This species can be found throughout the northern hemisphere. From North America, Canada and Alaska, to Finland, Sweden, Norway and Russia, reaching as far south as northern Spain and Italy. As all anglers know, our largest, freshwater predator is present throughout Ireland. Esox Lucius is a pure predator. Its whole body is designed to target and catch live prey, or scavenge when neccessary. The jaws are large and armed with a huge array of teeth. Most of these teeth point backwards to aid catching and gripping its prey, even the gill-rakers have backward pointing spikes to prevent smaller fish escaping through the gill covers.
In conjunction with the lateral line along the body, a pike’s head is equipped with a mass of sensors in the form of small pores. These are able to pick up small vibrations and changes in pressure when homing in on a victim. They have terrific eyesight and an amazing sense of smell and will travel a considerable distance to find the source of a scent trail. If all this built in equipment is not enough, Pike also have the fastest turn of speed out of all our freshwater species. This sprint cannot be maintained of course, but it does provide a heart-stopping take when lure or fly-fishing. This acceleration is due to the dorsal and anal fins grouped unusually close to the large tail fin, to form a huge and powerful paddle.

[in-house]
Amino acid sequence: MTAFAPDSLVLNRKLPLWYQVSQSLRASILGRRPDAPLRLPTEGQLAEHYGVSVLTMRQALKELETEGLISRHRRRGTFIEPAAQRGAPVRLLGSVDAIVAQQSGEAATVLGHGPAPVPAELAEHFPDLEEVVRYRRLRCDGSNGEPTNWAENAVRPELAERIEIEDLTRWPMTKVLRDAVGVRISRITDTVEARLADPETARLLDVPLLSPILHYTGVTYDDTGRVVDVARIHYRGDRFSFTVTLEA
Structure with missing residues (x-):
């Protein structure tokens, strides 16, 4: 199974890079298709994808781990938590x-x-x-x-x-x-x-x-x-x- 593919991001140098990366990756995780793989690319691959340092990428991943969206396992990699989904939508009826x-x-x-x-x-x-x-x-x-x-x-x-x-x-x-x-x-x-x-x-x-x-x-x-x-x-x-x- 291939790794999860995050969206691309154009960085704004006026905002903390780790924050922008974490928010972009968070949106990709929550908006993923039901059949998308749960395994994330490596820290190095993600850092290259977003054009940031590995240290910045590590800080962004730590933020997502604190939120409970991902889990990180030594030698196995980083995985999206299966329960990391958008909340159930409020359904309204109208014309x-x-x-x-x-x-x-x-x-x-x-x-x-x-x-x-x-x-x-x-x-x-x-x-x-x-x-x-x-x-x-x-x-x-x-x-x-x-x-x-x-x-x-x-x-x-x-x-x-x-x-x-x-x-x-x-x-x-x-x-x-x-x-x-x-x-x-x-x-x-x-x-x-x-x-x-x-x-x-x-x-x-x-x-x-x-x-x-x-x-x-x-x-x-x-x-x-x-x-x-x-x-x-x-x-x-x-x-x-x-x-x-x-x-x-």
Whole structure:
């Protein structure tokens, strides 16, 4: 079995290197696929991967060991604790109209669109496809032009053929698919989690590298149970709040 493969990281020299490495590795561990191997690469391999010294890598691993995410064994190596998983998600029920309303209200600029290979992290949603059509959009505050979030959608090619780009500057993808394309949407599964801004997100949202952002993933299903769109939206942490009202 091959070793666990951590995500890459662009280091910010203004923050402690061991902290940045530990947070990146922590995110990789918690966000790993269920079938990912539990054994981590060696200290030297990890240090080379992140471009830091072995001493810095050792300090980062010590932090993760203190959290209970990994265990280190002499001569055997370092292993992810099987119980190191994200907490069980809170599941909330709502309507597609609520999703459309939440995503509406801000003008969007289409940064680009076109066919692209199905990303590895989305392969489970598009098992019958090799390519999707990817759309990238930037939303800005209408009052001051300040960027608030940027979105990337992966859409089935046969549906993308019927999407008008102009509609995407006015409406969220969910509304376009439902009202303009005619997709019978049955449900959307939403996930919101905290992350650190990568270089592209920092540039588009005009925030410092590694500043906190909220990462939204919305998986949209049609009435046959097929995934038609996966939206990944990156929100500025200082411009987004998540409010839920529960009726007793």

Pike spawn in early spring. It is no coincidence that they spawn before most other freshwater species, and take advantage of the easy meal ticket when Roach and Bream etc are otherwise pre-occupied. With a minimum water temperature of six degrees, female Pike will move into shallow, weedy bays prior to spawning. Accompanied by up to four males, a large female may lay up to three hundred thousand eggs. (On average, only 0.1 percent of these eggs will survive to become mature adults). Depending on water temperature, the eggs will hatch between five and twenty six days. At only one centimetre long, the hatchlings will spend the next twelve days feeding off the yolk sac until their jaws are fully formed and able to feed on plankton. Within three weeks these tiny, Pike replicas will target caddis and dragonfly larvae, or even each other if food is scarce. By the second year, the pikes’ diet will be almost exclusively fish. It is reported that Pike will live to a maximum age of twenty -five years, which may be optimistic, but only grow for ten to fifteen years of the life span. Size or growth rate will depend upon the food quality and availability, but generally speaking, very few fish will reach the magic forty-pound barrier.